Crepes with Bananas and Orange Syrup (Photo by Cynthia Nelson)

Hi Everyone,

I’m rubbing my hands with glee – it’s Pancake day on Tuesday!

There are decisions to be made – what type of pancake to make? Depending on the type, should they be dusted with cinnamon-sugar or drizzled with homemade syrup? The syrup – traditional as in homemade? Maple syrup, honey? Or some other homemade flavoured syrup like lemon, orange, ginger, cardamom? There’s a lot to think about but I believe that the time I have available on Tuesday to make pancakes will be the ultimate deciding factor. Here’s why.

I have to teach two 3-hour classes on Tuesday with a 3-hour break in between so that is the window in which I have to make pancakes and eat them hot and fresh. So what’s it going to be? Over the years, I’ve made different types of pancakes, all of which I have shared with you.

There’s the Dutch Baby Pancake which is sometimes called a German pancake – it is like a pancake, crepe and popover all in one skillet. The batter is blended smooth and poured into a hot pan and cooked in the oven, it puffs up, like a popover and then quickly deflates once it is out of the oven, the middle gets filled with whatever you want – fruits, syrup, powdered sugar, butter, cheese, scrambled eggs. As I said, whatever you desire.

There are crepes. Ouuu, love crepes, thin, soft, easy to fold, fill, and drizzle with all kinds of things sweet, savoury or a combination of both. There are the Eastern European pancakes made with apples grated in the batter. Eggs for this style of pancakes are separated – yolks blended with the flour, milk, apples etc.; the whites are beaten stiff and folded into the batter to create an ethereally light pancake. Not to be outdone is the traditional American pancake made tender and delicious with buttermilk. The subtle tang from the buttermilk riffs eloquently with syrup; it’s probably why we end up eating more pancakes than we should.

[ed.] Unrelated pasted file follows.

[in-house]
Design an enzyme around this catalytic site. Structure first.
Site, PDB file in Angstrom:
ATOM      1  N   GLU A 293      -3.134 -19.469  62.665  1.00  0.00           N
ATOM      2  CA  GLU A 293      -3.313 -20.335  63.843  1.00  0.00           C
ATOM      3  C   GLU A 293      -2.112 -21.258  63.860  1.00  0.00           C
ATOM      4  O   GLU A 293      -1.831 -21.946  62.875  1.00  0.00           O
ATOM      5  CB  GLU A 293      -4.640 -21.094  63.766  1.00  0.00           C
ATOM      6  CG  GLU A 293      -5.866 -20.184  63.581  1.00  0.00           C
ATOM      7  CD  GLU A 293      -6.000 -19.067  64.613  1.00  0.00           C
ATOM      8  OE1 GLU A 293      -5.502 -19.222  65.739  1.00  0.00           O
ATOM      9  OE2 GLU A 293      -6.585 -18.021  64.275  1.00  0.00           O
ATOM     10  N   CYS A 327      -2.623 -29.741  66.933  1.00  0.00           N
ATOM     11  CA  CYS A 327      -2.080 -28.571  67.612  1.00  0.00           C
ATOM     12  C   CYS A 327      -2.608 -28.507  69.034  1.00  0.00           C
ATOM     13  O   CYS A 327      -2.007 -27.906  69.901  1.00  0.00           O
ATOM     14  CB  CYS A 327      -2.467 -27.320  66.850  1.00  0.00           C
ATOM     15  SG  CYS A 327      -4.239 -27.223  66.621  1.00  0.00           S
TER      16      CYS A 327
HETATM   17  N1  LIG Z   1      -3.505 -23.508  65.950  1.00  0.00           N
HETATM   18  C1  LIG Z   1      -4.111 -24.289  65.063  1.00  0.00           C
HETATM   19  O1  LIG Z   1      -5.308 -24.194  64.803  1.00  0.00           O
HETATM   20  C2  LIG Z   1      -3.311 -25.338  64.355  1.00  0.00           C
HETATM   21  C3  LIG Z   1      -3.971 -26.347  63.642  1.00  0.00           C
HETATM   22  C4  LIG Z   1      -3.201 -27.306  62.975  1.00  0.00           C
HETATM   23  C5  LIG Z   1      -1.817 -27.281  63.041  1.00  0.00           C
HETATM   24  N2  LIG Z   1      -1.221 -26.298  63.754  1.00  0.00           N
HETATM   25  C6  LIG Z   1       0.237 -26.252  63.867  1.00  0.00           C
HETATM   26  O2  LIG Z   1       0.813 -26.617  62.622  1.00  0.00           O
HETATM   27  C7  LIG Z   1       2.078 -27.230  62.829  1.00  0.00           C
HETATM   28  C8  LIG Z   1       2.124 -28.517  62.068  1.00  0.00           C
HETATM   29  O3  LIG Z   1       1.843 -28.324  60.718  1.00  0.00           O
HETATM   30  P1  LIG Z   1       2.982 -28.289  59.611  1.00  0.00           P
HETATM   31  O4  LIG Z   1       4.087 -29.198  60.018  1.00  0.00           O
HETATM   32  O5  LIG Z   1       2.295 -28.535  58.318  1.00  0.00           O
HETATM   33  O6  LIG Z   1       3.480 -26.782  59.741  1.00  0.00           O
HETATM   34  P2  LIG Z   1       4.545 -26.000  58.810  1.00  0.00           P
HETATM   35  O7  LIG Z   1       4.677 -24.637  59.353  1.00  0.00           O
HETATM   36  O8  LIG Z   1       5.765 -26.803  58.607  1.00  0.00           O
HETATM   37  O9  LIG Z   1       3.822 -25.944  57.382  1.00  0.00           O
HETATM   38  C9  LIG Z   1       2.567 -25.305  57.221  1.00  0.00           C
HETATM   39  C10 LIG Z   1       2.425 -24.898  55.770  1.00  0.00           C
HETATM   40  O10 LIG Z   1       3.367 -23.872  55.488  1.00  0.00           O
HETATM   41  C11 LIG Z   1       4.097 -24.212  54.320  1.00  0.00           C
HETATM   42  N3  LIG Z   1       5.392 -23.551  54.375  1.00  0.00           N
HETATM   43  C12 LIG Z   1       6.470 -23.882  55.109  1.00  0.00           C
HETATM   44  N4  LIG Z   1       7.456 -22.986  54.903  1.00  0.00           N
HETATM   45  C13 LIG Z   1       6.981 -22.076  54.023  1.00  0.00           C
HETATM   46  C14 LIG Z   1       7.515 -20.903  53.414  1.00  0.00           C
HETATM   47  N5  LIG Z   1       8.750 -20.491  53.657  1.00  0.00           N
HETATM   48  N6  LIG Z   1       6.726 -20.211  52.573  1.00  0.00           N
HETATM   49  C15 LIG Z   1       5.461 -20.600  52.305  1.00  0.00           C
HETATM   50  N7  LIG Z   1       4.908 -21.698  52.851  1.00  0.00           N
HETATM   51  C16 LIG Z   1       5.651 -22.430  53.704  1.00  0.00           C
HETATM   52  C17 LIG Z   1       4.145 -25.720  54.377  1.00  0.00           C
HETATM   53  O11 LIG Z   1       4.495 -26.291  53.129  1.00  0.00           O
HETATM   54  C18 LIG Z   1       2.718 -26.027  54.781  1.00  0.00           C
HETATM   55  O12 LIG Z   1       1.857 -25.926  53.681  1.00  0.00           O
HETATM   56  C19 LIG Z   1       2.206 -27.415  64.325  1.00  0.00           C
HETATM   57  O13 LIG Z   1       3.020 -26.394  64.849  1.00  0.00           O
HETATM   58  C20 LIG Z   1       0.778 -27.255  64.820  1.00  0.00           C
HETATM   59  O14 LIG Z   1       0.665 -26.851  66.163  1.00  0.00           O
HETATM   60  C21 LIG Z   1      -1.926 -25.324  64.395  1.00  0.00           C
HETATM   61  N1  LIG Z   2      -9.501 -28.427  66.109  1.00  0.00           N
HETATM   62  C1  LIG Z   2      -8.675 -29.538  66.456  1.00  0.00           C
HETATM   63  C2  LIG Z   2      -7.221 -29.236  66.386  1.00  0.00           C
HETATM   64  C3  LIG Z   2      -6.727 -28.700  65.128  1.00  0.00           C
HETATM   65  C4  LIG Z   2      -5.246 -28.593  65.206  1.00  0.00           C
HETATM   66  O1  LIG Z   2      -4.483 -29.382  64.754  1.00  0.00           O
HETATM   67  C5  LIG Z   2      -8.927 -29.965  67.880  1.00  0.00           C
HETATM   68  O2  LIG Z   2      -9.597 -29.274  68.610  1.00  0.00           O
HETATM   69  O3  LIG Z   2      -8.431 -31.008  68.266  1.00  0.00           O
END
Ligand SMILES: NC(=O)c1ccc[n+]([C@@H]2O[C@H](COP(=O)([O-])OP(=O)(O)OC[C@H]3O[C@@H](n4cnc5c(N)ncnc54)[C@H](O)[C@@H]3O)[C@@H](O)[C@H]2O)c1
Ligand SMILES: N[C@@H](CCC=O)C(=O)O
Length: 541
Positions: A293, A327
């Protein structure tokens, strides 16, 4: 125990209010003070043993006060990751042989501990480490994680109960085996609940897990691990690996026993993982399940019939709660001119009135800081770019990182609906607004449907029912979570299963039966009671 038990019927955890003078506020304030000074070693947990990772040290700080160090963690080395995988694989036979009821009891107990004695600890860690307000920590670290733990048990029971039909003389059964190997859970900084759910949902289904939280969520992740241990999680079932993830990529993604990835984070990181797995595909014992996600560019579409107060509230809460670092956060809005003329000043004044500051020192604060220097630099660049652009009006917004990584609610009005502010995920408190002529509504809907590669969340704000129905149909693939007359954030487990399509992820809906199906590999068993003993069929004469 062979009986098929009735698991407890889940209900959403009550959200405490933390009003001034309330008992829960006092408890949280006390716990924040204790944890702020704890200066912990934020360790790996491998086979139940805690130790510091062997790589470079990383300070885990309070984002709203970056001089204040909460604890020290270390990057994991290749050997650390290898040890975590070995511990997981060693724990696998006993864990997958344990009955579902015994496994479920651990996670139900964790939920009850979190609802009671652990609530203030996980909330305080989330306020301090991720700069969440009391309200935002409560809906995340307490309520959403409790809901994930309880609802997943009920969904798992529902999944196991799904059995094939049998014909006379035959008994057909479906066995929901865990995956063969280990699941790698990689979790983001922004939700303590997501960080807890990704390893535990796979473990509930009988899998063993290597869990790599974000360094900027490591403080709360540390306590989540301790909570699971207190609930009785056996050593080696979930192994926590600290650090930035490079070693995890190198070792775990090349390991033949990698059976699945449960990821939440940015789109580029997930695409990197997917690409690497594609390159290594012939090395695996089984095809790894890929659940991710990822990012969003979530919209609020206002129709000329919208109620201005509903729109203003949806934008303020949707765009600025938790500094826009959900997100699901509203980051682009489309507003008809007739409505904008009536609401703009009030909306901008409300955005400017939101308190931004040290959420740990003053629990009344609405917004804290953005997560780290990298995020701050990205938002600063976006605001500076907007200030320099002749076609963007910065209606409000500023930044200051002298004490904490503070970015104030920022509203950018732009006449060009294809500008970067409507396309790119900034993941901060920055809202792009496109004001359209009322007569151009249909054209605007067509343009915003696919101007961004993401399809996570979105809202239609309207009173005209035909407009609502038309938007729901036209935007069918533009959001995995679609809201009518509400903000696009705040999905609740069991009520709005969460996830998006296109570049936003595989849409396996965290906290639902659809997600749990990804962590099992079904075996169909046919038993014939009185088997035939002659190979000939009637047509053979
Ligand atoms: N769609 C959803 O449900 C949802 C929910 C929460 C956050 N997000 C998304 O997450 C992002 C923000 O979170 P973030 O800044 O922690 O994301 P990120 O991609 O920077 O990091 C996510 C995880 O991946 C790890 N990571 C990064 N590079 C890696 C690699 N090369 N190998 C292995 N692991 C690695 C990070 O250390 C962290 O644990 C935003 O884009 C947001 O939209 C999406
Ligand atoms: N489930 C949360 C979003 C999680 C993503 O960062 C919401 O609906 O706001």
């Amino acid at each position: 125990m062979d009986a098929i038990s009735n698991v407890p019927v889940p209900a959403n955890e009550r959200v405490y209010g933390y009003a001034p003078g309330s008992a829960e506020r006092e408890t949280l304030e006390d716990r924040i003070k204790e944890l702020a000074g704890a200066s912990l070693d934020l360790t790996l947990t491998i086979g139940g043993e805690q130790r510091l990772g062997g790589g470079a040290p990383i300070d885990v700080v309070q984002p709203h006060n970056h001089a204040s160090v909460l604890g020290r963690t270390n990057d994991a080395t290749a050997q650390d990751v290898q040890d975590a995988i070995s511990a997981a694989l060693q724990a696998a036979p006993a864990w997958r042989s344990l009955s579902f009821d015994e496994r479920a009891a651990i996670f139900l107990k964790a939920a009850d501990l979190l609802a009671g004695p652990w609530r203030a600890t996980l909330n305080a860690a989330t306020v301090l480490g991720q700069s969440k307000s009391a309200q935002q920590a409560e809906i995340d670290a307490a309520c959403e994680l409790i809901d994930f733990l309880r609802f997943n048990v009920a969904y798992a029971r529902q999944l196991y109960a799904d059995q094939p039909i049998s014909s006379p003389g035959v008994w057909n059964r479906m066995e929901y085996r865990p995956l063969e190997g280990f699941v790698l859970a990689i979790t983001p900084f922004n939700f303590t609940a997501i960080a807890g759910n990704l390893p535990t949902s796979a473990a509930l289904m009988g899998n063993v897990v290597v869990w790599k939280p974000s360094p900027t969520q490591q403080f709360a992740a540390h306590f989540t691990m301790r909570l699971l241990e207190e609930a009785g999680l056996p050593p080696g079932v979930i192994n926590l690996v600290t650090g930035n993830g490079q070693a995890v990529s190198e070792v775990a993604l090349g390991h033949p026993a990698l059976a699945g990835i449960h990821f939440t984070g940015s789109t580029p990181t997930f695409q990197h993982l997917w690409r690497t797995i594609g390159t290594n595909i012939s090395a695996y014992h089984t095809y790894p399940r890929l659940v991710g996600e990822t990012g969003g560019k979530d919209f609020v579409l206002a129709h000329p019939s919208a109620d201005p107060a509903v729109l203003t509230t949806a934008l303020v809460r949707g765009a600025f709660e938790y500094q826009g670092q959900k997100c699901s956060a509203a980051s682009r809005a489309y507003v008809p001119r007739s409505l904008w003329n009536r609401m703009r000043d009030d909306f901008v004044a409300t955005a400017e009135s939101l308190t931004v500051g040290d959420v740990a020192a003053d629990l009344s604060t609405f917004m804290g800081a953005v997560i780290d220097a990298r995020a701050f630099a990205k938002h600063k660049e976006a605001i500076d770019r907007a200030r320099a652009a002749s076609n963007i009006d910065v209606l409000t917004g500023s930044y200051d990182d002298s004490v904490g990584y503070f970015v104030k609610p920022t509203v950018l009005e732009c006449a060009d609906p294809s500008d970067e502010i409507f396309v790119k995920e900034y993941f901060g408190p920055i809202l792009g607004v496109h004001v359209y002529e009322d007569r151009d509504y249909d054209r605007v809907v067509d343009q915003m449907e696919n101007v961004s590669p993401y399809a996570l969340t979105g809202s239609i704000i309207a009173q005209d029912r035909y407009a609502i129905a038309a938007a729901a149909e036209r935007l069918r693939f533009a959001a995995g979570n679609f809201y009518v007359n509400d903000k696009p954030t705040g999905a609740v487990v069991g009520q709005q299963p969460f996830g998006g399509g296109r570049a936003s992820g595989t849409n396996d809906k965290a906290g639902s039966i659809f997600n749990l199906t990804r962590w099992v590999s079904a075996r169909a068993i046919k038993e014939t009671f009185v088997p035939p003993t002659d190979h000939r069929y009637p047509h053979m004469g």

It is quite a treat when we take the traditional American pancake and add other things directly into the batter, like pureed pumpkin, fresh fruit, chocolate chips; or sandwich them with things like Nutella or jam. Not to be outdone is a good old-fashioned Guyanese chotah, or what some call, sweet roti. Of all the pancakes there are though, my absolute favourite is the Portuguese-influenced pancakes. The original known as Malasadas. Tender balls of fried dough dragged through syrup for eating pleasure.

I enjoy making this Guyanese version of Portuguese pancakes as much as I like devouring them. With the oil in the karahi hot, I grab a fistful of soft elastic-like batter and squeeze it between my thumb and index finger, creating my own piping device that form balls. The oil sizzles and bubbles as the batter makes contact and the pancakes begin to swell. I work quickly tilting my hand backwards and forward piping out the batter. I grab a few more fistful to complete a frying batch. The pancakes seem to know instinctively when to turn as some of them flip over themselves. Gently inserting a slotted spoon or spider ladle, I lift as many of the pancakes that can hold on the spoon or ladle, heave it up and down to drain off the excess oil and transport them to drain them on paper towels. Some get tossed in castor sugar mixed with freshly ground cinnamon but the majority stay naked until I am ready to drizzle them with syrup. Sometimes I like to tear the pancakes, still leaving them intact and wipe them with syrup that has pooled at the bottom of the bowl. So good!

Getting back to me and the time constraints this coming Pancake Tuesday – I really wanted to make the original style Malasadas but I won’t be able to because that version requires 2 sets of rising, each taking 90 minutes (and that is not counting the prep time). Instead, I am going to go the with version we have adapted in Guyana which only needs a single rise. That will give me enough time; I might be cutting it close because I need to factor in cook time and eating time! Not to worry, I am not going to eat it all, I’ll share. I believe that pancakes – all types are meant to be shared, so whether you choose to bake, swirl, flip or fry pancakes this year, enjoy!

Here’s my mom’s recipe. Serve preferably with homemade syrup.


Yield: 24

● 2 cups all-purpose flour

● 1 heaped teaspoon instant yeast

● 1 heaped teaspoon white granulated sugar

● ¼ teaspoon ground cinnamon

● A pinch of fine table salt

● 3 large eggs, room temperature

● 1 teaspoon vanilla essence

● ¾ cup warm whole milk (110  115 degrees F)

● Oil for deep frying


  1. Mix together flour, yeast, sugar, cinnamon and salt in a large bowl and set aside.

2. Lightly beat eggs and essence together.

3. Make a well in the centre of the flour; pour in eggs and milk and mix to form a smooth batter.

4. Cover and set aside in a warm, draft free place to rise for 1½ hours or until more than doubled in volume.

5. Heat oil in a deep frying pan until hot – the surface should be shimmering.

6. Drop tablespoons of batter into the hot oil; do not overcrowd the pan. Let the pancakes cook and brown on one side then flip them over to cook. The entire process should take 1 to 1½ minutes).

7. Drain on paper towels.

8. Repeat until all the batter is done.

9. Serve with syrup or toss in caster sugar while still hot.


● The recipe can be doubled to make more.


Around the Web